“The benefit of computer automation isn’t just efficiency or cutting costs. Humans evaluating job candidates can get tired by the time applicant No. 25 comes through the door. Those doing the hiring can discriminate. But algorithms have stamina, and they do not factor in things like age, race, gender or sexual orientation. ‘That’s the beauty of math,’ Salazar says. ‘It’s blind.’”
Jobaline helps companies determine who to hire based on a voice analysis. But that’s not inherently fair, as they claim. Instead, machine learning algorithms that pattern match against human preferences are likely to replicate the potentially prejudicial decisions of those people. In this case, that’s likely to lead to automated linguistic profiling – discrimination based on accent and dialect as correlated with race and ethnicity. The algorithms may be literally blind to the race of the applicants, but that won’t keep them from making discriminatory hiring decisions.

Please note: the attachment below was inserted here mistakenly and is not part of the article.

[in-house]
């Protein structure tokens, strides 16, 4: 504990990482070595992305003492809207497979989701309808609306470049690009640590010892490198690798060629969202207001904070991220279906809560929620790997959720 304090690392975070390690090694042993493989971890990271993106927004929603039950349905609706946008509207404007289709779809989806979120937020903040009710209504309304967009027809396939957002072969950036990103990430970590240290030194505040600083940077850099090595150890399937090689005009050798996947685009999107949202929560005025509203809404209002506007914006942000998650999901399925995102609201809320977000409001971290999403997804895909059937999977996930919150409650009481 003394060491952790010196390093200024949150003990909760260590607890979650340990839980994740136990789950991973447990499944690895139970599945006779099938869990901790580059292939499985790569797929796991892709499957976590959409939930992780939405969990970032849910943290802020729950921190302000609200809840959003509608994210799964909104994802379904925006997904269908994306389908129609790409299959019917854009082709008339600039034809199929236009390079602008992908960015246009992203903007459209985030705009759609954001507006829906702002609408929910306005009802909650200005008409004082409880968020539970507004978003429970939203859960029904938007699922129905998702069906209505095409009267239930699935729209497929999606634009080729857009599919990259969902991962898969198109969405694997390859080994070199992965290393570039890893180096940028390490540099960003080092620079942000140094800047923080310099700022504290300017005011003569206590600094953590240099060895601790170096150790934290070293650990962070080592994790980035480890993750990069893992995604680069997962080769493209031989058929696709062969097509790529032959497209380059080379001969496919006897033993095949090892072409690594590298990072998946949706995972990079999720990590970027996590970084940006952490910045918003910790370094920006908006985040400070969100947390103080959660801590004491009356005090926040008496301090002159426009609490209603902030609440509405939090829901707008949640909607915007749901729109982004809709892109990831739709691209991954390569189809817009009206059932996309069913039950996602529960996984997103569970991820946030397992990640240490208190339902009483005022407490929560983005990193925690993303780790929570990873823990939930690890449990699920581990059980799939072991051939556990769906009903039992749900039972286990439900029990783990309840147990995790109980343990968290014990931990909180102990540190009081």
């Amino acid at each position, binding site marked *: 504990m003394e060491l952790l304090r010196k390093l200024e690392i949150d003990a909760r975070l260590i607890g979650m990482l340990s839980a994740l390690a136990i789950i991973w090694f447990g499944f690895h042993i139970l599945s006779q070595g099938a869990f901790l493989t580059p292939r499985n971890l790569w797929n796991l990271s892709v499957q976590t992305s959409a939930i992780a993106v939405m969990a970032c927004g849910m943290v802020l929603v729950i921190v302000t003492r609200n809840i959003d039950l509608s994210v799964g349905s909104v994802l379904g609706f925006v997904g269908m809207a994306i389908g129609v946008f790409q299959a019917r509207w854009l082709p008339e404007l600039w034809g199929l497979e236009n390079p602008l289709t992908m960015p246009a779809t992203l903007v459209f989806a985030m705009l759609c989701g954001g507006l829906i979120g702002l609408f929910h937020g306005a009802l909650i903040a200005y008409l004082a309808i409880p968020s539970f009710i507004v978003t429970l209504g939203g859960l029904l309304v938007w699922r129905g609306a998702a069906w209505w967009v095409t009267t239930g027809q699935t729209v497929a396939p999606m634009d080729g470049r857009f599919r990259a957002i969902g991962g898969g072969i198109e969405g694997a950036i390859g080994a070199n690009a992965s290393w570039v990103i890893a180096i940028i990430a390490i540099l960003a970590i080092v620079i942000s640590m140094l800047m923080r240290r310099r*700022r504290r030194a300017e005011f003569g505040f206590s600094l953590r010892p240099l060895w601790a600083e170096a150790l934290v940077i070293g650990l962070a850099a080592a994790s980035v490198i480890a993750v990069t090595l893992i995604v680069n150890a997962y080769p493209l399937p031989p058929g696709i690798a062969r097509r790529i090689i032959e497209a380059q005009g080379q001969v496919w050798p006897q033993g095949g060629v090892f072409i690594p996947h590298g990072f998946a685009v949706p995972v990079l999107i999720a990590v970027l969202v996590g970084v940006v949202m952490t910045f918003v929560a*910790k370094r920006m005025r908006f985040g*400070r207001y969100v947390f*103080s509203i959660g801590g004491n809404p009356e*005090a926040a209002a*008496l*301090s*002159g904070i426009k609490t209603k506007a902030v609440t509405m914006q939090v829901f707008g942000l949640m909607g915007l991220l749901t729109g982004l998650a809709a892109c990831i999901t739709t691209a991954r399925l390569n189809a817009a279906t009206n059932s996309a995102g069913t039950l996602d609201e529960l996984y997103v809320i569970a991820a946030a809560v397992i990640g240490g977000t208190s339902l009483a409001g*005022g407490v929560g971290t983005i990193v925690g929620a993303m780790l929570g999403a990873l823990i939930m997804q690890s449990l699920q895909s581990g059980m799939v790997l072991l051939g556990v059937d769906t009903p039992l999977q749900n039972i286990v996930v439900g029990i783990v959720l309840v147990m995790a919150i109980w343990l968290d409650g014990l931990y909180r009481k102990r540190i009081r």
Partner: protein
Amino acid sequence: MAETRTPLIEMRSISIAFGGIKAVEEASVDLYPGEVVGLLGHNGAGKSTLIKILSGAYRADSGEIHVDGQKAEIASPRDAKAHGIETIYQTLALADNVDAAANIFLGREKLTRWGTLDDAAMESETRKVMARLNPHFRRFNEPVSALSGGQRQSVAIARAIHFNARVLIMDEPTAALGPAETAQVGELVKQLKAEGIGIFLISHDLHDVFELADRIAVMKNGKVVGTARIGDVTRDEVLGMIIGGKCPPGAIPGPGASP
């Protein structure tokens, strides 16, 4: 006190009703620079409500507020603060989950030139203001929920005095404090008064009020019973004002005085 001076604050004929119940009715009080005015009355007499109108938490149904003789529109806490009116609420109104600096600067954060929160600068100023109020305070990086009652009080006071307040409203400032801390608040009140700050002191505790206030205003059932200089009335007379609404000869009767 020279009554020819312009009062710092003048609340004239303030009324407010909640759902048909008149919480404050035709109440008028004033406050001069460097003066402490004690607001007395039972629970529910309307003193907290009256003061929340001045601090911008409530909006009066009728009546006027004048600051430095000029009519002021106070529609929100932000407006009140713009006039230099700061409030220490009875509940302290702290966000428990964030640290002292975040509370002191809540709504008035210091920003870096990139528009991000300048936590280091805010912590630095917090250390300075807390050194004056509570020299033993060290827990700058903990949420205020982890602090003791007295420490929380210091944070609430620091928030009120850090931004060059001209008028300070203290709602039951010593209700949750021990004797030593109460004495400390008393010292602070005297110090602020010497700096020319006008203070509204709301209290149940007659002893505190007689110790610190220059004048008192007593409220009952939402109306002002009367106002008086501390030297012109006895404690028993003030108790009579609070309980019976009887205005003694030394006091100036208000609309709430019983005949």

While we can’t blame Jobaline for trying to tout the wonders of their “algorithm” (and yes, those are scare quotes there), we’d expect NPR to be at least a little bit more critical about claims that “[math is] blind”. At the very least, the reporters should read all the things that Cathy O’Neill has been saying for avery long time.